Toronto Preservation Board meeting – Oct. 3, 2013 – Intent to designate Wesley Mimico United Church under Ontario Heritage Act

The following message is from Michael Harrison:

Good Morning:

A report declaring the intent of the City of Toronto to designate
Wesley Mimico United Church under the Ontario Heritage Act will be
considered by the Toronto Preservation Board on October 3, 2013.

I will be supporting the intent to designate this important Mimico
landmark and I hope that you will as well.

Submissions can be sent by email addressed to “Robert Saunders, Chair
and Members of Toronto Preservation Board”  They can be emailed to:
Janette Gerrard the committee secretary at jgerrar@toronto.ca

The recommendation for this item can be found here:

http://app.toronto.ca/tmmis/viewAgendaItemHistory.do?item=2013.PB25.2

The staff report can be found here:

http://www.toronto.ca/legdocs/mmis/2013/pb/bgrd/backgroundfile-61764.pdf

Michael

[End of message]

Comment:

This is a engaging and significant story, which I’ve been following since February 2012.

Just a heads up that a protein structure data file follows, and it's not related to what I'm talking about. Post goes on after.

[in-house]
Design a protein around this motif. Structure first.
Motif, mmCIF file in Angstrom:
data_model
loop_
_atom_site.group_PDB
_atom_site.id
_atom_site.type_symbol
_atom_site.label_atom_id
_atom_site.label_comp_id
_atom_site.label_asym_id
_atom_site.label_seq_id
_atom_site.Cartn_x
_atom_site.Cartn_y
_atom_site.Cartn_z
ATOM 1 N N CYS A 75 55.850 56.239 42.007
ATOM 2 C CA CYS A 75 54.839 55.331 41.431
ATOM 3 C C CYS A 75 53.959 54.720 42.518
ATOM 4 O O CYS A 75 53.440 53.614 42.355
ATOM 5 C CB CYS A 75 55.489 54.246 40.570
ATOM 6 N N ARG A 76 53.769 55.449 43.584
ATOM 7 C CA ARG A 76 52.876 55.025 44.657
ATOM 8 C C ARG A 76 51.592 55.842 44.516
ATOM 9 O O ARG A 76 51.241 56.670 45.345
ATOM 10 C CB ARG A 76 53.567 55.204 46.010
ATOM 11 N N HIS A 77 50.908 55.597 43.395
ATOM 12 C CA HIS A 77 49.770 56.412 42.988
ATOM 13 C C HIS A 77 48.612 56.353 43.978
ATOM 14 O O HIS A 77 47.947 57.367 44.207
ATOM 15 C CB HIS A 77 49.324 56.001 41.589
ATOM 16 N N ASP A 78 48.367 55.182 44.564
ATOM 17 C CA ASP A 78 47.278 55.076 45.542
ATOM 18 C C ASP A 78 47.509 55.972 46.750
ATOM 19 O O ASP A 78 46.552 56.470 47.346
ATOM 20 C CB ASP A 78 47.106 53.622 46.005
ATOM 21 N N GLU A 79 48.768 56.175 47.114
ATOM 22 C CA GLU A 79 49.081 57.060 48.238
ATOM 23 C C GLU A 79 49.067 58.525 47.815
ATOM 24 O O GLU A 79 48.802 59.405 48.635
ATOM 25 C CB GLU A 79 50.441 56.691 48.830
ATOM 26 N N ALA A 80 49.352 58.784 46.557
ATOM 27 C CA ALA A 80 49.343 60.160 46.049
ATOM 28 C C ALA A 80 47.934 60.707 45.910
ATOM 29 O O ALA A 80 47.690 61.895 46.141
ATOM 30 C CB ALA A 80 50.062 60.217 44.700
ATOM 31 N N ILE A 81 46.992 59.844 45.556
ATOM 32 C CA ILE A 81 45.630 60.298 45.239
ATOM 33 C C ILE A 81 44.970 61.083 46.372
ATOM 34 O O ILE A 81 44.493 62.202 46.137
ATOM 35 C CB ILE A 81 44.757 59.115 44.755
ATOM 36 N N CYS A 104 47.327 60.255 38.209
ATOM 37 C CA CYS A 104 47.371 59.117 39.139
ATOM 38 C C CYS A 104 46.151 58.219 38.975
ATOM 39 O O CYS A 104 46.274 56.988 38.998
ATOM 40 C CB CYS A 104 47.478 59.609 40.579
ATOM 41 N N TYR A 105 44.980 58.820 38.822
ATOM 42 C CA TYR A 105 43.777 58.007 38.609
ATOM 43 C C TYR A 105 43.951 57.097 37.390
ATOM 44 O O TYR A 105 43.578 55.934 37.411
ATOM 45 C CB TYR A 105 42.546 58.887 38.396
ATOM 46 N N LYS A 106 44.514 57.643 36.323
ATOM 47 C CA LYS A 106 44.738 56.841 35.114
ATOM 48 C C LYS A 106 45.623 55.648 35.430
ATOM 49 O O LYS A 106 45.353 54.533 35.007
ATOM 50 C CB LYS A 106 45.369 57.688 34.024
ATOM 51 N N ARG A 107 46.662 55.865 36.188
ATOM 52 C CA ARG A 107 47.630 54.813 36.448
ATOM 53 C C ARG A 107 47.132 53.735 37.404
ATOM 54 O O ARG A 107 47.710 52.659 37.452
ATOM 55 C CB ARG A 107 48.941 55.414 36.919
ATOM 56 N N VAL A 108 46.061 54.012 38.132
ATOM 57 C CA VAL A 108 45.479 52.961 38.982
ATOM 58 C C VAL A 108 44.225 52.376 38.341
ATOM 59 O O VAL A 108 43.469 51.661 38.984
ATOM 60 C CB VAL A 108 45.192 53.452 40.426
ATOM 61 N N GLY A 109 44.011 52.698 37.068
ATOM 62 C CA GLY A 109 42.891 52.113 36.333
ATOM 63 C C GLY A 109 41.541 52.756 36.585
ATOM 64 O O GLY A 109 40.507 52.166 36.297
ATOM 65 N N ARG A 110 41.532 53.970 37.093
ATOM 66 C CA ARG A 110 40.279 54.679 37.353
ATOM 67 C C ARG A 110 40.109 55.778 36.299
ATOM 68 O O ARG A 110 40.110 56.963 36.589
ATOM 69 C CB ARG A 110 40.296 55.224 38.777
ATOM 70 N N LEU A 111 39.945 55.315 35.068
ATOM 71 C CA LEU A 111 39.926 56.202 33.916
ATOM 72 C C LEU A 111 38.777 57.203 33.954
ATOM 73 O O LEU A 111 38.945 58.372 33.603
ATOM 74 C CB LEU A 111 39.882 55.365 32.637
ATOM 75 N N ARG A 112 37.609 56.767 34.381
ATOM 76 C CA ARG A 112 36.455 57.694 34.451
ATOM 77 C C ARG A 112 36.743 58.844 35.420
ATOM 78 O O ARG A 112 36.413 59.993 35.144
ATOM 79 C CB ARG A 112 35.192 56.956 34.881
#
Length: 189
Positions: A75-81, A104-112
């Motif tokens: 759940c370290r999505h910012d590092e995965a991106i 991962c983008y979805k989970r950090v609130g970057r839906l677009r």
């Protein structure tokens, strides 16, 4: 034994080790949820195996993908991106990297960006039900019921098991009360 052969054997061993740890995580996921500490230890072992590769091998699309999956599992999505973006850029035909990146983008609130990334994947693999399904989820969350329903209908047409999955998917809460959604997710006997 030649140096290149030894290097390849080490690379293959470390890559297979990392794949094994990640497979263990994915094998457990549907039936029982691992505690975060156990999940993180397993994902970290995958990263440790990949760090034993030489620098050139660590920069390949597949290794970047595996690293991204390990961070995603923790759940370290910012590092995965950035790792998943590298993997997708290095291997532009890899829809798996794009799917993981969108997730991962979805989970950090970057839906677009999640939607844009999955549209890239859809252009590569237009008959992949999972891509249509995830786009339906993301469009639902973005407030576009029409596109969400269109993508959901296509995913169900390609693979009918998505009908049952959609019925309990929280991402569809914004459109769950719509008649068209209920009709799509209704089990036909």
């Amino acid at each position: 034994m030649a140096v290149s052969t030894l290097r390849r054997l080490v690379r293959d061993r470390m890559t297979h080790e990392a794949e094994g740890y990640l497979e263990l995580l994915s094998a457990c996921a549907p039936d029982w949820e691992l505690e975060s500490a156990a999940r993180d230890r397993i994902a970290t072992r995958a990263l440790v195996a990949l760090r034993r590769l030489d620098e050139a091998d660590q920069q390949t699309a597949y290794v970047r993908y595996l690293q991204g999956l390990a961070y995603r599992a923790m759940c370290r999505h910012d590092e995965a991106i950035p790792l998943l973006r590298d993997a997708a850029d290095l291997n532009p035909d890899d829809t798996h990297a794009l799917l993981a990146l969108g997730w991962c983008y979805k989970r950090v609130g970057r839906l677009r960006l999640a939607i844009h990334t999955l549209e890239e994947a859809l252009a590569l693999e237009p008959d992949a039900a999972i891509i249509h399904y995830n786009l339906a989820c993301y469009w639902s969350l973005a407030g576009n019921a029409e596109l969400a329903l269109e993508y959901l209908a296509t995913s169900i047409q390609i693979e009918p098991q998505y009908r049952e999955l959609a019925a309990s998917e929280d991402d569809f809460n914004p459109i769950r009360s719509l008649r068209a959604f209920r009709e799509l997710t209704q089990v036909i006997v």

My own comment, which I have submitted, consists of the following overview:

The outcome of the Wesley Mimico redevelopment story will depend upon negotiations related to the Ontario Heritage Act

The first photo on page 33 of the Aug. 21, 2013 staff report displays a feature of the building that I’ve found of interest ever since I noticed it while taking photos at the site. I had walked by the building many times before noticing a subtle detail regarding the colour of the exterior walls. The colour of the bricks on the left of the photo, showing the 1953 part of the complex, is different to a slight but noticeable degree from the colour of the bricks on the centre and right of the image, showing the 1923 structure.

Much history is associated with the church as the staff report and the life story of Sgt. Morris Campbell Murray attest.

The 1940s wedding that the article about Sgt. Murray refers to would have taken place in the 1923 section of the building, as the 1953 section was constructed a decade later. The wedding party would likely have entered and departed through the 1923 bell tower, where the main entrance was located prior to the 1953 addition.

The year 1953 has many associations. Among other things, the first edition of a classic text on film editing was published in that year.

 

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